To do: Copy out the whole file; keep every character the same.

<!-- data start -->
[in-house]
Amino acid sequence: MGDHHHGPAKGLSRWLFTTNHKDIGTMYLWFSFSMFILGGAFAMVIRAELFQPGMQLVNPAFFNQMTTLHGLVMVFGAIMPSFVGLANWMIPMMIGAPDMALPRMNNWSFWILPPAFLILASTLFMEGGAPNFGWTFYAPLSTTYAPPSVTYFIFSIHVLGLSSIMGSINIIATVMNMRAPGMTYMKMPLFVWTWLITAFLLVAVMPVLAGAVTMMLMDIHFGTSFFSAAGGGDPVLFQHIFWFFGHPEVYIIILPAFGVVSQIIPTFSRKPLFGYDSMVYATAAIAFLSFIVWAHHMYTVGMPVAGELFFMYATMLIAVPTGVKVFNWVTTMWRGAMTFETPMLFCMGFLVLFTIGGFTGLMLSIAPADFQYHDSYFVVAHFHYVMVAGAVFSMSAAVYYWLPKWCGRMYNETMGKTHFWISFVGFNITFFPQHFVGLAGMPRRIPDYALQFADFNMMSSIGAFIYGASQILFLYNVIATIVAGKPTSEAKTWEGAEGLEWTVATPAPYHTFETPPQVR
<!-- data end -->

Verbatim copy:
[in-house]
Amino acid sequence: MGDHHHGPAKGLSRWLFTTNHKDIGTMYLWFSFSMFILGGAFAMVIRAELFQPGMQLVNPAFFNQMTTLHGLVMVFGAIMPSFVGLANWMIPMMIGAPDMALPRMNNWSFWILPPAFLILASTLFMEGGAPNFGWTFYAPLSTTYAPPSVTYFIFSIHVLGLSSIMGSINIIATVMNMRAPGMTYMKMPLFVWTWLITAFLLVAVMPVLAGAVTMMLMDIHFGTSFFSAAGGGDPVLFQHIFWFFGHPEVYIIILPAFGVVSQIIPTFSRKPLFGYDSMVYATAAIAFLSFIVWAHHMYTVGMPVAGELFFMYATMLIAVPTGVKVFNWVTTMWRGAMTFETPMLFCMGFLVLFTIGGFTGLMLSIAPADFQYHDSYFVVAHFHYVMVAGAVFSMSAAVYYWLPKWCGRMYNETMGKTHFWISFVGFNITFFPQHFVGLAGMPRRIPDYALQFADFNMMSSIGAFIYGASQILFLYNVIATIVAGKPTSEAKTWEGAEGLEWTVATPAPYHTFETPPQVR